The QFH (or quadrifilar helix)m besides being a very nice postmodern sculpture for the inexperienced, is an antenna that suits excellently to the reception of signals from satellites or from aircrafts without the need of pointing. Actually, its radiation pattern is almost constant up to very low elevation angles over the horizon. Further, this antenna has a circular polarisation and this fits with signals transmitted from satellites (using circular polarization, too) or from aircrafts in linear polarisation.
The design of our QFH is largely based on the assembly manual written by Paul Hayes and on the software made by G4UNU and recalled by Paul Hayes in his manual.
In order to check the goodness of the design we did some simulations using the software 4NEC2 by Arie Voors. The results obtained for the 145 MHz antenna, in terms of radiation patterns and of VSWR are provided in the following figures. The radiation patterns are provided for three different azimuth angles: 0°, 45° and 90°. These repeat simmetrically.
Radiation patterns in elevation for azimuth angles of 0°, 45° e 90°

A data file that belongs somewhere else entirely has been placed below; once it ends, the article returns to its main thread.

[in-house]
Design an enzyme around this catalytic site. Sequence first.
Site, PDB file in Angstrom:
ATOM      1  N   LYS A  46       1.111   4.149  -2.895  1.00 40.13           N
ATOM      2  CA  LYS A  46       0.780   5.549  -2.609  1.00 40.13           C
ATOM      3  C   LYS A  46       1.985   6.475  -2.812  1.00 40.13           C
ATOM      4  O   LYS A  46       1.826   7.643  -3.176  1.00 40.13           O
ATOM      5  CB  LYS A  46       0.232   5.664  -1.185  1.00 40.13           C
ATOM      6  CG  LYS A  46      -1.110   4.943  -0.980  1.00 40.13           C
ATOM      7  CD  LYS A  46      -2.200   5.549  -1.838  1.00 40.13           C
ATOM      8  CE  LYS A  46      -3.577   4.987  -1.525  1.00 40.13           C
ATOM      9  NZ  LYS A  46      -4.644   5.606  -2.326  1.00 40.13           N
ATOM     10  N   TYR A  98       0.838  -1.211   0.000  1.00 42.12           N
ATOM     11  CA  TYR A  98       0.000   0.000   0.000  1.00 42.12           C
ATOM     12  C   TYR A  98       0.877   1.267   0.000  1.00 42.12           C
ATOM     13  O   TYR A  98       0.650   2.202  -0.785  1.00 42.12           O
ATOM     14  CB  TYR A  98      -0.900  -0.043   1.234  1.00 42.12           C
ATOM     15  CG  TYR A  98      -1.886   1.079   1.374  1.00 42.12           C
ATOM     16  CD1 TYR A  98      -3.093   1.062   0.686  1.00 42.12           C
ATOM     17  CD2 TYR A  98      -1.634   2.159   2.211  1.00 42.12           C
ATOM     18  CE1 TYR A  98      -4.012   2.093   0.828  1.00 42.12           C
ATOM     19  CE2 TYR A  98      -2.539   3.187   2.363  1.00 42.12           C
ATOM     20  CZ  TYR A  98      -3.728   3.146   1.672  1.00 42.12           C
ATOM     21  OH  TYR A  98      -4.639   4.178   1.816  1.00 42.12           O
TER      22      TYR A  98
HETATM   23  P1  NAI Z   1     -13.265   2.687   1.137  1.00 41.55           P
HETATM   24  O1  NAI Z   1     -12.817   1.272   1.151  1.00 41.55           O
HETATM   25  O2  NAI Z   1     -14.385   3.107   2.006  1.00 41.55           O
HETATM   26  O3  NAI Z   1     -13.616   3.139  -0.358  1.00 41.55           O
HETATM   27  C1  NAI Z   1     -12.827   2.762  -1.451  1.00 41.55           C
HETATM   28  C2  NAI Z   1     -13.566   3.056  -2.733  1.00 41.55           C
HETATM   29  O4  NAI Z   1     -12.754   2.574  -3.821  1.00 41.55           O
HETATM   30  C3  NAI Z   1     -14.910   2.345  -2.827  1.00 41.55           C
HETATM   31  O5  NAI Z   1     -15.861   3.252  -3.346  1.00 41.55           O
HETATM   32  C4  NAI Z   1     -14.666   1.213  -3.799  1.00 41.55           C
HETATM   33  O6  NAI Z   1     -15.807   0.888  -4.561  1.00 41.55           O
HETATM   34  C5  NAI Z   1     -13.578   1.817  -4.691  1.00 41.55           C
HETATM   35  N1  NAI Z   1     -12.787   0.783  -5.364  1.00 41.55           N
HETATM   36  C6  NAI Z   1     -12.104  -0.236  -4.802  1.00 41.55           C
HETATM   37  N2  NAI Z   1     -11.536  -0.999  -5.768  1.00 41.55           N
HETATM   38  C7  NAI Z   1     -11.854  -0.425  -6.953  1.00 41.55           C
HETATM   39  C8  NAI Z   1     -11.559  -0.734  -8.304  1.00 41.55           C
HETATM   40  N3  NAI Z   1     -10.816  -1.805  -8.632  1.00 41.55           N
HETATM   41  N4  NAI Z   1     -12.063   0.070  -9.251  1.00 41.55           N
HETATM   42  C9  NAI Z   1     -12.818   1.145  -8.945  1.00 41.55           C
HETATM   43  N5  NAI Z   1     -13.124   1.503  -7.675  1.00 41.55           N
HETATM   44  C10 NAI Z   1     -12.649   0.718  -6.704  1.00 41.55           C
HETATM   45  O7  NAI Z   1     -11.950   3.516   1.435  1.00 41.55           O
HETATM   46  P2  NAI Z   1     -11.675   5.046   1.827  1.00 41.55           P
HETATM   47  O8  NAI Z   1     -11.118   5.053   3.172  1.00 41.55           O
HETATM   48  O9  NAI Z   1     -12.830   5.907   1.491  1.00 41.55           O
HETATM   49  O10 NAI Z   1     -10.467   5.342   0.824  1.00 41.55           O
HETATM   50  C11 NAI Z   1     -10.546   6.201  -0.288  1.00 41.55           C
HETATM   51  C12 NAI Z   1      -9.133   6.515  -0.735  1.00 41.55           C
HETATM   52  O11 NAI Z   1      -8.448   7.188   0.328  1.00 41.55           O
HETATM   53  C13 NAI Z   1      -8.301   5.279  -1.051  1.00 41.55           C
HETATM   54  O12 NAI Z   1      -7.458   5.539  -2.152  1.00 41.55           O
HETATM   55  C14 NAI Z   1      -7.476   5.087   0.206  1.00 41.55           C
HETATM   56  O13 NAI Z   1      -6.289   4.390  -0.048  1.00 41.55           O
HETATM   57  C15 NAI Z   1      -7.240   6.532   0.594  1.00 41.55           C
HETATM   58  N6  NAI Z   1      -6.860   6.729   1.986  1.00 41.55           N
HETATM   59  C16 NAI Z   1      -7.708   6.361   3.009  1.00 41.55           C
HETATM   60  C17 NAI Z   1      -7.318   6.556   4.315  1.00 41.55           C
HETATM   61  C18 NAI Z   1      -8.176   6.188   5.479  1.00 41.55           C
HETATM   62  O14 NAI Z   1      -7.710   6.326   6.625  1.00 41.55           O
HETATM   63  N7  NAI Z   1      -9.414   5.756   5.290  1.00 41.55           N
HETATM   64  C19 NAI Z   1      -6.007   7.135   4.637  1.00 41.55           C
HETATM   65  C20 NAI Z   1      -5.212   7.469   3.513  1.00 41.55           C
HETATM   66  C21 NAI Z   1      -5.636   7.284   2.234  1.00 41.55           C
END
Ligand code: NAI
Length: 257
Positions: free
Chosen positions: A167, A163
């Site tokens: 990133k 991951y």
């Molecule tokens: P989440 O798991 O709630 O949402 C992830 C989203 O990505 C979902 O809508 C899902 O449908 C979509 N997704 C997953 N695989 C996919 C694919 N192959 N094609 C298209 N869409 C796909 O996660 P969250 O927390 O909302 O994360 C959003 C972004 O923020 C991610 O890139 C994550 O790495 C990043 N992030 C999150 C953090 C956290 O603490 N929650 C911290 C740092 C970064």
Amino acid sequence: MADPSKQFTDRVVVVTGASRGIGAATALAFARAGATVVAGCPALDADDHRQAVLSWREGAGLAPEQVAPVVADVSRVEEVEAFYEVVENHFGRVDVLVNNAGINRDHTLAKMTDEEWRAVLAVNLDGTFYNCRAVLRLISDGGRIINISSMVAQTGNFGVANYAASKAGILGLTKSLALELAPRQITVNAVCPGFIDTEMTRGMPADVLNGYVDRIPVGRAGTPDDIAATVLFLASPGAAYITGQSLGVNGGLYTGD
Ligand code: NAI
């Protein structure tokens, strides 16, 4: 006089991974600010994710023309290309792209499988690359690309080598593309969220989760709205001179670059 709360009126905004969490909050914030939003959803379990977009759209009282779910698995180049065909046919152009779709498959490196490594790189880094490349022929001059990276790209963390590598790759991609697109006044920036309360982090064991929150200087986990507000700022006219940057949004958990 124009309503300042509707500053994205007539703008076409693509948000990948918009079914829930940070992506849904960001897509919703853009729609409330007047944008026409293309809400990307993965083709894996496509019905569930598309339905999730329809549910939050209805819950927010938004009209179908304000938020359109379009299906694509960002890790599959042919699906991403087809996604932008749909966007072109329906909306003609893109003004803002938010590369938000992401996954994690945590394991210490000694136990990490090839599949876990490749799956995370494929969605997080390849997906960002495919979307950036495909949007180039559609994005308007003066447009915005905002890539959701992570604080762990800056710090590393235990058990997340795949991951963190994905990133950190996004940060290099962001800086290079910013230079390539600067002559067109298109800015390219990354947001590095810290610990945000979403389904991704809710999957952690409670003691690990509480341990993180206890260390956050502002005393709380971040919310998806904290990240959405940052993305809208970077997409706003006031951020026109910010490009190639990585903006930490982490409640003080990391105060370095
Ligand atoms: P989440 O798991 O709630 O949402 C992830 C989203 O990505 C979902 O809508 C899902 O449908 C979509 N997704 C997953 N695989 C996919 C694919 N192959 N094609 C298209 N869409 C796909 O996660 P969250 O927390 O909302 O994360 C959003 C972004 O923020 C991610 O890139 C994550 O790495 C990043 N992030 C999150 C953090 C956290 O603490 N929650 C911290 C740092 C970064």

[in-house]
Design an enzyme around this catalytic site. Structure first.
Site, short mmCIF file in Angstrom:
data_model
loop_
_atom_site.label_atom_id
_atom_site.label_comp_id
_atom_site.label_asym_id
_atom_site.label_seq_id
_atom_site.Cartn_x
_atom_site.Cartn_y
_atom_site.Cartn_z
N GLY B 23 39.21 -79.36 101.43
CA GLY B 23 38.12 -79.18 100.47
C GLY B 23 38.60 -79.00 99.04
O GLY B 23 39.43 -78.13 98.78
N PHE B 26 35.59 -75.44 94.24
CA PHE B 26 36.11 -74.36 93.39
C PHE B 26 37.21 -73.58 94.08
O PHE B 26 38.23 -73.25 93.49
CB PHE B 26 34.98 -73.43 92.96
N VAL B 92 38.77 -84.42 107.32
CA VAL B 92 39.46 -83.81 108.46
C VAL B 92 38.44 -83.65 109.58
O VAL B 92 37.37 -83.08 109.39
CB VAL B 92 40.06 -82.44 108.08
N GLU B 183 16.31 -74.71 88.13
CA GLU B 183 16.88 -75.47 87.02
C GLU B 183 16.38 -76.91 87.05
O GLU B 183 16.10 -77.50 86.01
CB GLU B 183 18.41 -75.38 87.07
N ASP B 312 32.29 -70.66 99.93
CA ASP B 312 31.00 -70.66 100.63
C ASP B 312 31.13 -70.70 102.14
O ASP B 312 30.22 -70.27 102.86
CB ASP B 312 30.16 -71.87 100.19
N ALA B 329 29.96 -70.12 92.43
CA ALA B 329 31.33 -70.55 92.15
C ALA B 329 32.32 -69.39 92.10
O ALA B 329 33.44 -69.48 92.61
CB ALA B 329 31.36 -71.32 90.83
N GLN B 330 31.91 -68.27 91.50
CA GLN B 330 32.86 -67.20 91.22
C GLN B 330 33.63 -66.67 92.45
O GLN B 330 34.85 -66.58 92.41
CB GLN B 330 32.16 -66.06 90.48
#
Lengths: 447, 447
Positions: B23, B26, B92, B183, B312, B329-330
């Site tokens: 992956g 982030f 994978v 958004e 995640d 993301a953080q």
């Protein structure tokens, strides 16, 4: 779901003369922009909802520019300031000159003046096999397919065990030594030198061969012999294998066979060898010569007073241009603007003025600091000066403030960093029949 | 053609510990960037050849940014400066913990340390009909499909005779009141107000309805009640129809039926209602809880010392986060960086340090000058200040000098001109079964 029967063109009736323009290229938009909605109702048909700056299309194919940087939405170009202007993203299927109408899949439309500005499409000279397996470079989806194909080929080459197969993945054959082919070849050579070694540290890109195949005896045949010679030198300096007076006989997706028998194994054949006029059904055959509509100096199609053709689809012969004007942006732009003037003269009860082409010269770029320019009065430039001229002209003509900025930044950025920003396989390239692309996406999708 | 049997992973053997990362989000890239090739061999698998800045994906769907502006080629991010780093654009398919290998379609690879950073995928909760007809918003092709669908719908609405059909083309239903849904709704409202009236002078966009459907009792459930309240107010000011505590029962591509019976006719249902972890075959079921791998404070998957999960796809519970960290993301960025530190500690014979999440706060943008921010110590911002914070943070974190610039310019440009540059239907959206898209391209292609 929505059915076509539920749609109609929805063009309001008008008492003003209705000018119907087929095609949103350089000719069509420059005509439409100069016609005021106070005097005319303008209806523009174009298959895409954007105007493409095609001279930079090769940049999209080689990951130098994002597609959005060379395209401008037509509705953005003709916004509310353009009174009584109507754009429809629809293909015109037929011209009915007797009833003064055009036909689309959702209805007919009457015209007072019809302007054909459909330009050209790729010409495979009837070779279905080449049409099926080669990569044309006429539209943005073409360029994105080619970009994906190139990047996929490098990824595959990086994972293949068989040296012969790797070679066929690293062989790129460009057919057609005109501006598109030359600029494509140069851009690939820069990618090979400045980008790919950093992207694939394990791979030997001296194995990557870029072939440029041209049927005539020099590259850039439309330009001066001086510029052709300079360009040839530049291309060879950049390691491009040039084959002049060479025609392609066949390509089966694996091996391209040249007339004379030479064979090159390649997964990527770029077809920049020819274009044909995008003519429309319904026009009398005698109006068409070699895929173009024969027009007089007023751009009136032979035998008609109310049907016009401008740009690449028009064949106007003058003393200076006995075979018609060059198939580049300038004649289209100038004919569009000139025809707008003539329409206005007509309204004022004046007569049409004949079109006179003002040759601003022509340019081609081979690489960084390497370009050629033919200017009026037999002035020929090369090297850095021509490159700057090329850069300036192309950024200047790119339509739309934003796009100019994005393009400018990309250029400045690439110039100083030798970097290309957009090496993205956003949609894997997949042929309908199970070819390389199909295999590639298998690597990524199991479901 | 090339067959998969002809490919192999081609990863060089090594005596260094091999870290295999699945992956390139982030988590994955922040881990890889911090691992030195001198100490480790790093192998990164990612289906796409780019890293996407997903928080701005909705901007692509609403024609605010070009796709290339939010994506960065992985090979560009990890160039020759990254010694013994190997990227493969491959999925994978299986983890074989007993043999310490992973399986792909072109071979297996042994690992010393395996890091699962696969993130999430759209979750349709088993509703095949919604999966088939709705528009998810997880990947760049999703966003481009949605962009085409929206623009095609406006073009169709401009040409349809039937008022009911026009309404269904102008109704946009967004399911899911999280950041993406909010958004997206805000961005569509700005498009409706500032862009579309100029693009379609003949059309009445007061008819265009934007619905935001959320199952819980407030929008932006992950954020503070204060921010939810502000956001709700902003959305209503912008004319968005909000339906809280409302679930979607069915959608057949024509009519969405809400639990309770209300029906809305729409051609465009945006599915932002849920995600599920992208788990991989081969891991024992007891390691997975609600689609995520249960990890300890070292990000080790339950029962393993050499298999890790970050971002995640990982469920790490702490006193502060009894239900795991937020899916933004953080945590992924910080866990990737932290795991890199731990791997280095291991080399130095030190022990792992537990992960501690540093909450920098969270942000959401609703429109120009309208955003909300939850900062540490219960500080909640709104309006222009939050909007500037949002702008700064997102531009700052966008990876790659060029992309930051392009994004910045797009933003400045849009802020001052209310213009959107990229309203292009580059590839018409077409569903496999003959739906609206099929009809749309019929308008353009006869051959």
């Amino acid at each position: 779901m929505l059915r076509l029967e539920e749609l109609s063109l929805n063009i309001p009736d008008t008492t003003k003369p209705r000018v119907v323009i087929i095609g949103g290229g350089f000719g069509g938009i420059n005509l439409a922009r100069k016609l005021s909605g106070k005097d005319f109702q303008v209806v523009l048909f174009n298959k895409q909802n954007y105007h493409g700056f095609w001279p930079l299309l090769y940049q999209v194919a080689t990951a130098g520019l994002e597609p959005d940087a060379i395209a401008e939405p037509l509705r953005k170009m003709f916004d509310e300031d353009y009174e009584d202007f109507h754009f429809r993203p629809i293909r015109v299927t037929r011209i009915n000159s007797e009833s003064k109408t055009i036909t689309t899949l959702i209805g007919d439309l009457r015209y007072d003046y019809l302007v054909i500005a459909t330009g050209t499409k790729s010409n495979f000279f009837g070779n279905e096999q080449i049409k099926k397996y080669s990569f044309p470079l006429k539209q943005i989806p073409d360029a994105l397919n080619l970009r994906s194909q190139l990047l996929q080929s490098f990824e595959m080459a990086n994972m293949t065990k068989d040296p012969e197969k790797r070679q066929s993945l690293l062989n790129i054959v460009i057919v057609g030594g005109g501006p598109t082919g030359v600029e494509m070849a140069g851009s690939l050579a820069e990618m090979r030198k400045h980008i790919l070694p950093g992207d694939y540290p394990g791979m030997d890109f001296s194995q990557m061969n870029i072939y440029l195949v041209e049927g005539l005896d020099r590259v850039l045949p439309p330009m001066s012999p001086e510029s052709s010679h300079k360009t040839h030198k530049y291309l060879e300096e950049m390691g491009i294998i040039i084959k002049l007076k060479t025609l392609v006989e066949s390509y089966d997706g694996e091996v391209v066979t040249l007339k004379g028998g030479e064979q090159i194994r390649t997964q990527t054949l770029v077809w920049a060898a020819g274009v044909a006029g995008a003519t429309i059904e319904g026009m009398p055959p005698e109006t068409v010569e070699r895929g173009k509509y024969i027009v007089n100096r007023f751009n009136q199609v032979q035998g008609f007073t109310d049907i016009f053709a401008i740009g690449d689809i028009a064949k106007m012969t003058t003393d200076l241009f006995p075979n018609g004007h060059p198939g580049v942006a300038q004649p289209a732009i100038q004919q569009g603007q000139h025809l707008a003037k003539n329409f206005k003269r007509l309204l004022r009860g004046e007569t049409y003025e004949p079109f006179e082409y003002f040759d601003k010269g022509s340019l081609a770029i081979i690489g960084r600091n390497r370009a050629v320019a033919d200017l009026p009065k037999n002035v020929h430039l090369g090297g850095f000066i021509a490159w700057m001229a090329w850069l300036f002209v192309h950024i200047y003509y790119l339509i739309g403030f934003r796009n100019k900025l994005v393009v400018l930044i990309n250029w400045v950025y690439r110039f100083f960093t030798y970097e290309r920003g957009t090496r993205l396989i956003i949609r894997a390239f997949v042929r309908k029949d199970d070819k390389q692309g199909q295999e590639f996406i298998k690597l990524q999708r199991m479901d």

3D view of the radiation pattern and VSWR and return loss behaviours
As can be seen, the radiation patterns are almost hemispherical: the gain variation as function of azimuth is negligible, while in elevation the -3dB lobe width is higher than 120°. The peak gain (in vertical direction) is about 2dB, while the VSWR is better than 2:1 between roughly 140 and 153 MHz.
Up to now, we built about ten antennas both for polar satellites (i.e. at 137MHz) and in radioamateur band at 144MHz to connect the international space station, and we never found problems.
Here below you can find the original manual from Paul Hayes to build the QFH, the one from Bob Thorpe G4UNU to build the balun, the manual written by us based on our experience and the software to compute the dimensions of the antenna in case you want to change its frequency or you need to use pipes with different diameter.
In case you are not able to run the software to compute the antenna parameters due to compatibility with DOS, at the two following links you can find the dimensions obtained for an antenna at 137,5 MHz and for one at 145 MHz.